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Meet Robert Schwendinger

Robert Schwendinger’s resume is so dedicated to health care that, at a glance, one might assume that he attended medical school instead of law school.

During his 45 years practicing law, Bob provided strategic advice to and legal representation for hospitals, physician groups, and other health care providers. He was a partner at Armstrong Teasdale, LLP, where he led the firm’s health care practice group. Outside of his law practice, he served on the American Diabetes Association and Community Health Charities boards. He was also formerly president of the American Parkinson’s Disease Association Missouri Chapter.

Additionally, he was an active member of Washington University’s Human Research Protection Office, where he reviewed clinical protocols to ensure that participants were fully informed when they consented to participate in research studies. He also served on the committee that set up the university’s Cordell Institute for Policy in Medicine & Law, which brings health care experts together with legal and policy experts to develop solutions for the novel ethical and legal questions that arise from scientific and technological advancements.

Despite retiring from his legal career, Bob is staying active in the future of health care by joining the board of The Foundation for Barnes-Jewish Hospital. “I like making my time useful, and we have friends and associates that are involved in health care, so it’s not hard for me to want to help,” he explains.

Although a new board member, Bob is quite familiar with the Foundation. His wife, Tanja, served on the Foundation’s board from 2017 to 2022, and they have been loyal attendees of Foundation events. The Schwendingers have generously participated in fundraising challenges for nursing scholarships at Barnes-Jewish College Goldfarb School of Nursing.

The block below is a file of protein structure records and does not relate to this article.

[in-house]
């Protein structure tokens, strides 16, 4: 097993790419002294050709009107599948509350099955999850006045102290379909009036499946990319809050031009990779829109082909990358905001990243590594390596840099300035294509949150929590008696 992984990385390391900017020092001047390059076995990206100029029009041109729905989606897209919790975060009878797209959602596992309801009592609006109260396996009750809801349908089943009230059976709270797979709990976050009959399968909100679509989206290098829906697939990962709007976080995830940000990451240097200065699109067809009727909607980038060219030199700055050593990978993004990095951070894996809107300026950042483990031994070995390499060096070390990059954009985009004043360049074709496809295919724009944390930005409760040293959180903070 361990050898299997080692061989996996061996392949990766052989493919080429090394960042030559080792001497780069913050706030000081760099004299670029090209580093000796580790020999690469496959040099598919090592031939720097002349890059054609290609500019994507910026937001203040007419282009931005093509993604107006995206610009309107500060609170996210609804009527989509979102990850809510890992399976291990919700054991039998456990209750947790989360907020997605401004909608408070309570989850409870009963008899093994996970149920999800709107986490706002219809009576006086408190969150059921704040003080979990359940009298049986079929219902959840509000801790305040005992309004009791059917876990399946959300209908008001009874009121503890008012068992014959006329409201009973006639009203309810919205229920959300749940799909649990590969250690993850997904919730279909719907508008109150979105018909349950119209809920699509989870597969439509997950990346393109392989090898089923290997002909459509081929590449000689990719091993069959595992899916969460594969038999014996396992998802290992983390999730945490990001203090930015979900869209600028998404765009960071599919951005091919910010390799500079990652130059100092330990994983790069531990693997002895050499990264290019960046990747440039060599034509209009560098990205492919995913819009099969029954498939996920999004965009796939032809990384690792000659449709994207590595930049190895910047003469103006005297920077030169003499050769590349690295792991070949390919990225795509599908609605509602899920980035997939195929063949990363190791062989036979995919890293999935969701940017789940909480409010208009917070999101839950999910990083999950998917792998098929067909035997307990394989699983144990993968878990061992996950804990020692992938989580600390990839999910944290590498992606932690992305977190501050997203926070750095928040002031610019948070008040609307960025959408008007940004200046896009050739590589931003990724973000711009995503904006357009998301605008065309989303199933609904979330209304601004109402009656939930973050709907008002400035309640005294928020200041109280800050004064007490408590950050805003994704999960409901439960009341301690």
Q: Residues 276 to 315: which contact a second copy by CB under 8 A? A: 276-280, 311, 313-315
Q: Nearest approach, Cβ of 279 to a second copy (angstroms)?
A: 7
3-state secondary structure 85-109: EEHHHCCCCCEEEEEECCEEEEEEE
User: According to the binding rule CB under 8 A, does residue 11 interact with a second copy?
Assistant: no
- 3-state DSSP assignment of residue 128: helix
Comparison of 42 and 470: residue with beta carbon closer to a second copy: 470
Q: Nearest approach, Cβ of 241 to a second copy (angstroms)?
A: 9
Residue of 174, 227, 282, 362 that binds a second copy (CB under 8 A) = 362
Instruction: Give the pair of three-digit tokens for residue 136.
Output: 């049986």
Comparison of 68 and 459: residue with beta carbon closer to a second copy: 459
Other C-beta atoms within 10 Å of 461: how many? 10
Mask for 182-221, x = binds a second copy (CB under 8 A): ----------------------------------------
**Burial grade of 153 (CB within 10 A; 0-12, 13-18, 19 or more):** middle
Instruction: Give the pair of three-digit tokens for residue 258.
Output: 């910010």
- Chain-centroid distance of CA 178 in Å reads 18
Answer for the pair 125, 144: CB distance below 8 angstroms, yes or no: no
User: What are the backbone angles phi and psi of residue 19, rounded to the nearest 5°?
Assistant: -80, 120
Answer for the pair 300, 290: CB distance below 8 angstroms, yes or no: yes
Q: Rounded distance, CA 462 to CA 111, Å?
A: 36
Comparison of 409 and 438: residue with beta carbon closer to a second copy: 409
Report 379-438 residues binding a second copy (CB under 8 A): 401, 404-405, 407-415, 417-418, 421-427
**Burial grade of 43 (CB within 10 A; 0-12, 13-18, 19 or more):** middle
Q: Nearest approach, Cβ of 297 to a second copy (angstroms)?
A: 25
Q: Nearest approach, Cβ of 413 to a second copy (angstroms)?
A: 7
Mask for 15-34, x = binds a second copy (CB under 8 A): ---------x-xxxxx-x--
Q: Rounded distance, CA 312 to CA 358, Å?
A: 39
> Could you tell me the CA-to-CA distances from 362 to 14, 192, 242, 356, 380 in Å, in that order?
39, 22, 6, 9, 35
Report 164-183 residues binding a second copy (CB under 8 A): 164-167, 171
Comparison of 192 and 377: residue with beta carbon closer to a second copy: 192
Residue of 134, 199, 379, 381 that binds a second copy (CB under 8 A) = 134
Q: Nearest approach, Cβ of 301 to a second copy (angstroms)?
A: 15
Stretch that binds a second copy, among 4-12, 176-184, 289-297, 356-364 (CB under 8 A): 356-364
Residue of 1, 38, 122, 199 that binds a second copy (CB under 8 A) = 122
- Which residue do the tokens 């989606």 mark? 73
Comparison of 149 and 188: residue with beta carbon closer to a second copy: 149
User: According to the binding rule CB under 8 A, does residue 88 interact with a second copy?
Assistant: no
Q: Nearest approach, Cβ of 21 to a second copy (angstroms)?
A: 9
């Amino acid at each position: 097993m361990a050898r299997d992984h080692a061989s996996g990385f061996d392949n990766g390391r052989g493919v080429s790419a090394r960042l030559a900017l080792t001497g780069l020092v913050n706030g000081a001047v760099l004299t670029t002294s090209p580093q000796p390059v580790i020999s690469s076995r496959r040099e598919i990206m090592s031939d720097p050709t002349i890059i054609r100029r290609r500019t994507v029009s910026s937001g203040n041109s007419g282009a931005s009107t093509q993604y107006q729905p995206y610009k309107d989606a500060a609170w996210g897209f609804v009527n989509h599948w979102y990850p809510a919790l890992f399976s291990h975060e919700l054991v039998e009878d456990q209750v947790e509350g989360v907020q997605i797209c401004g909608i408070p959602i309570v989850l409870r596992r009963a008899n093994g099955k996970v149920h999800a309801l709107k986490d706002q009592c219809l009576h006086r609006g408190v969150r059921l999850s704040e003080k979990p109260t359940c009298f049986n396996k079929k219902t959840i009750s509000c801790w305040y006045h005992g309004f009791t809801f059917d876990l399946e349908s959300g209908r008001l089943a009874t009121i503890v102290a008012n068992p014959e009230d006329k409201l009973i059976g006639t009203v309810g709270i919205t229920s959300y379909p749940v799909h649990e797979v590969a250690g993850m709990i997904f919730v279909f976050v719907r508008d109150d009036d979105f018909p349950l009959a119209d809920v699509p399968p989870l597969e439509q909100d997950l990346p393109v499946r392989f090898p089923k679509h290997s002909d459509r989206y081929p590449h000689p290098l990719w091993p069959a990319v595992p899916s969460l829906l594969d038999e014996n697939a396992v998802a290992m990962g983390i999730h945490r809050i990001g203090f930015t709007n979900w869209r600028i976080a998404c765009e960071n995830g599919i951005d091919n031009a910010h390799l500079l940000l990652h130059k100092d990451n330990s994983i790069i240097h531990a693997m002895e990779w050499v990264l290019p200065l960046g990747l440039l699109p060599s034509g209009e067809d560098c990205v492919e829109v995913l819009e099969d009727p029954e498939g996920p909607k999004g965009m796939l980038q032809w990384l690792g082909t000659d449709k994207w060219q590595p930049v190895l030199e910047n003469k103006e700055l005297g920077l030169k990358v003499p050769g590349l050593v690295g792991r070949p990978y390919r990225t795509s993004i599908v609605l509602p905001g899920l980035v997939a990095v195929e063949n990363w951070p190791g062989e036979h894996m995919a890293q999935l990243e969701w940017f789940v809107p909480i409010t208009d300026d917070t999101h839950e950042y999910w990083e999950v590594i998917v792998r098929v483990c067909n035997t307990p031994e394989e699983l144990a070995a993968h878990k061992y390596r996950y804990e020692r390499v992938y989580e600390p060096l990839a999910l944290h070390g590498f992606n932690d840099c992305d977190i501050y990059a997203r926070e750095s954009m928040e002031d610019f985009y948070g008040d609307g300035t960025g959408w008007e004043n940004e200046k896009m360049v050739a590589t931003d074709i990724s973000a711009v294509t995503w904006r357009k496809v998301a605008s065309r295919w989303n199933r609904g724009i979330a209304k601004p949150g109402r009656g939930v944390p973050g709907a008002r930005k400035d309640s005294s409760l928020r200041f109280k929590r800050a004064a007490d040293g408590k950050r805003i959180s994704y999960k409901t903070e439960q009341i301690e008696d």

“I like the idea of the Foundation working in collaboration with existing community organizations,” he says. Bob is excited to be more involved with BJC Community Health Improvement’s Community Wellness Hubs, which are being established in trusted places in underserved St. Louis neighborhoods to connect community members with essential programs and services to advance health equity, improve health outcomes, and enhance quality of life.

True to his strategic background, Bob aims to learn about needs before advocating for solutions. “I’m listening right now,” he says. “I think that’s the role of a new board number. I have good intentions. It’s a worthy cause. I’m willing to help. There’s compelling need. I just want to try to make the most out of our time and our treasure."

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